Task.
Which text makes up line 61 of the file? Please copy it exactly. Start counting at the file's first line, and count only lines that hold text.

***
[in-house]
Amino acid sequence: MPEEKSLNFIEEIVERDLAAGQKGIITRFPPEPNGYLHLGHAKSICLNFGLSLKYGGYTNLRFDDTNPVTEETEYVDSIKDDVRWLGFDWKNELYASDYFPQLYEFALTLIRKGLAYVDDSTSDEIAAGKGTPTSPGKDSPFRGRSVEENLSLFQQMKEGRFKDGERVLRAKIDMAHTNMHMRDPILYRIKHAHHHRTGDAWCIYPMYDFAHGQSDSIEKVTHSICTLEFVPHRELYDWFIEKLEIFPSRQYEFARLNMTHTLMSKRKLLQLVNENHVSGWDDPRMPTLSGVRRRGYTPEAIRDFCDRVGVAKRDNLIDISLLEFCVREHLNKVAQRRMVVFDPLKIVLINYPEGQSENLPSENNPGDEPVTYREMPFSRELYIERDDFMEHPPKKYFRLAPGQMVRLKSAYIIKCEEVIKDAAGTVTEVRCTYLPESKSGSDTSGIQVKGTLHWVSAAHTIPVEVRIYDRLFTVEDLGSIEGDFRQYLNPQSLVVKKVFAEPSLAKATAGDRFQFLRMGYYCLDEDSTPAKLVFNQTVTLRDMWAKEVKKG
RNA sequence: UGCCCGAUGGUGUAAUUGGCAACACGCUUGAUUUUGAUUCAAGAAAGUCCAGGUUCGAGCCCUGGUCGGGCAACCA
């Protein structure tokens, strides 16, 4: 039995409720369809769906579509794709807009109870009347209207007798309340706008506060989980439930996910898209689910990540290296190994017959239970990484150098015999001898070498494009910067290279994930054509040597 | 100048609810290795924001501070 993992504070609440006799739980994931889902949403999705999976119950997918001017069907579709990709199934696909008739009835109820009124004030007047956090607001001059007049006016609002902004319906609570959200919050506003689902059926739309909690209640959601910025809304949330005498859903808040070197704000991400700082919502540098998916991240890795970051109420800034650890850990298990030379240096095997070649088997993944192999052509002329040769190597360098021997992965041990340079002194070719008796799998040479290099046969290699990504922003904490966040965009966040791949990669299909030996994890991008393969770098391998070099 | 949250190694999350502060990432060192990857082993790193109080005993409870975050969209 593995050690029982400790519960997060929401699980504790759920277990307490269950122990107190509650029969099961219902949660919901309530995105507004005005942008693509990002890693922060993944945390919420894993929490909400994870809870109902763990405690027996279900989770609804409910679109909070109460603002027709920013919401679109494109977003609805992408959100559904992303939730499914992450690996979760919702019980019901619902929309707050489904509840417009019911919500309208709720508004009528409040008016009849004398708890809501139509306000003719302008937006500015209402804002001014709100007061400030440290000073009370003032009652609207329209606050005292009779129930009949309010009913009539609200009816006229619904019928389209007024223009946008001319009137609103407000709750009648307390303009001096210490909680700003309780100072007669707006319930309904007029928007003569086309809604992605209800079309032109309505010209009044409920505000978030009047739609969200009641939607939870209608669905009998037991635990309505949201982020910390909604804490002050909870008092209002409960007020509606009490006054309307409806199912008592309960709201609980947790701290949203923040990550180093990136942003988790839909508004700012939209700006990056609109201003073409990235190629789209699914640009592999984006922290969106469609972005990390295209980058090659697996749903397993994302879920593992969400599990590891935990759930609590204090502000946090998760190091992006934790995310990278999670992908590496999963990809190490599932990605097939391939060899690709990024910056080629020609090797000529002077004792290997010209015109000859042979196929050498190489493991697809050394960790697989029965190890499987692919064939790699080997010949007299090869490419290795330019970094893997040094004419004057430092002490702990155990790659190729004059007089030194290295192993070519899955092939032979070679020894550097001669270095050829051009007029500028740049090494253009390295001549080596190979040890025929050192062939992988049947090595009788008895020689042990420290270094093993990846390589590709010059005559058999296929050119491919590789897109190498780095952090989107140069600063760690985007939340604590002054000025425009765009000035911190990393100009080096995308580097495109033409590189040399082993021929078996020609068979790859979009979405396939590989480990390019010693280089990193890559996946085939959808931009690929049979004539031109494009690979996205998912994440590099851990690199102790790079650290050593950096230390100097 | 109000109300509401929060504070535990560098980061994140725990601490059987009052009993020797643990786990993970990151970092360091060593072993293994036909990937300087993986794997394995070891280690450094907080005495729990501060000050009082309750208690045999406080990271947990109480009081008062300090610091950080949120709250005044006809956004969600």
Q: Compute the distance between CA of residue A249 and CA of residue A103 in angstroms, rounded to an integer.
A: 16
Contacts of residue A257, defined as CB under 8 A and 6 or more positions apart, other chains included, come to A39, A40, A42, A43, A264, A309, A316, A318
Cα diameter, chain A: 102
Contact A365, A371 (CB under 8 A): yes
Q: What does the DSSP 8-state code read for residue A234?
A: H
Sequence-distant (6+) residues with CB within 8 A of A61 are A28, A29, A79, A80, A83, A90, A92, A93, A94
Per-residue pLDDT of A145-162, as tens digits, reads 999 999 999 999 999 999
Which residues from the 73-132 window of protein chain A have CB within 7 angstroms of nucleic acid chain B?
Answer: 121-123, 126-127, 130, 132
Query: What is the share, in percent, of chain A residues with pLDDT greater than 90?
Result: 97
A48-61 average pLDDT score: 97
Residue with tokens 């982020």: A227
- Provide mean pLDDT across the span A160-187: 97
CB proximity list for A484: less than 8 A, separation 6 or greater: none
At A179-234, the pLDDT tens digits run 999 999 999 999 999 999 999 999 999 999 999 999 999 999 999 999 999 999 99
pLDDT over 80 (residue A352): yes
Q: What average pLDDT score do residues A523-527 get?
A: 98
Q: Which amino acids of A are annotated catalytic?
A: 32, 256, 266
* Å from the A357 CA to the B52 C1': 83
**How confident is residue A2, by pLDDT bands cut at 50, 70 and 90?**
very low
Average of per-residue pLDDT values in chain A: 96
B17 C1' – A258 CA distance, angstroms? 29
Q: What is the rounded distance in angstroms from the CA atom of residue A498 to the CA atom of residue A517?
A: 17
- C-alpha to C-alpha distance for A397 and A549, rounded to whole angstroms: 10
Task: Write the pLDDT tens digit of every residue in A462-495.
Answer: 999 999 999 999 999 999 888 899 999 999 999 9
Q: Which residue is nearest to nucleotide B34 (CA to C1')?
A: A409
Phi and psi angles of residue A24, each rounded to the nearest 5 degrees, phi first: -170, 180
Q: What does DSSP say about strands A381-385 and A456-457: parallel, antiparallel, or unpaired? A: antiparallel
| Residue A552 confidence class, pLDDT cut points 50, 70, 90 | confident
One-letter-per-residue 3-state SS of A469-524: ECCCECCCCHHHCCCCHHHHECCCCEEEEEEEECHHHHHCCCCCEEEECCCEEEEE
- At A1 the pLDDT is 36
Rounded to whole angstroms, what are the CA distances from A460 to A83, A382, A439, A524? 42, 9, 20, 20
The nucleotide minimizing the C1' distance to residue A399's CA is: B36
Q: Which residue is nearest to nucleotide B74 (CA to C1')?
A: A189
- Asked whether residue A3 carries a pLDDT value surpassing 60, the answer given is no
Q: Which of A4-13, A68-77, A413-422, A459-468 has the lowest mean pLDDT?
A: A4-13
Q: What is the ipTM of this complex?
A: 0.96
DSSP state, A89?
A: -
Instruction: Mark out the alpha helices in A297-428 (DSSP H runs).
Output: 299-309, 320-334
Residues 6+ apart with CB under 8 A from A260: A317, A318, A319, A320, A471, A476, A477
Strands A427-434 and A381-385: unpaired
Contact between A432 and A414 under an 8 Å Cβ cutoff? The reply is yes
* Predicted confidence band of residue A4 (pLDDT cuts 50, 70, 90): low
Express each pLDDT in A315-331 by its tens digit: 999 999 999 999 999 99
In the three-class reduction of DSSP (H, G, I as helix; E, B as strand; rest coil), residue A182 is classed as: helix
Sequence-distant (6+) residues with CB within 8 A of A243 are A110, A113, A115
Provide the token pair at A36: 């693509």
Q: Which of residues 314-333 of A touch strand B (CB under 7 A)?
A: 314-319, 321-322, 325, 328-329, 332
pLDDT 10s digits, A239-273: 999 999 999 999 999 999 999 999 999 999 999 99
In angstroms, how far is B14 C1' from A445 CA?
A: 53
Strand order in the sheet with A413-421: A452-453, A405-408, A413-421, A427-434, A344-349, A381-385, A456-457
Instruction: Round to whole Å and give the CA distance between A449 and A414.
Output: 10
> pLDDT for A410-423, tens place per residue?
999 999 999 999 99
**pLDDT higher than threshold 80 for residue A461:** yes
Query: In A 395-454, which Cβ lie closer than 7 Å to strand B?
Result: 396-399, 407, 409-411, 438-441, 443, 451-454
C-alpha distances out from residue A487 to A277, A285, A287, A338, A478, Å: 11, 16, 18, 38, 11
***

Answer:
* Predicted confidence band of residue A4 (pLDDT cuts 50, 70, 90): low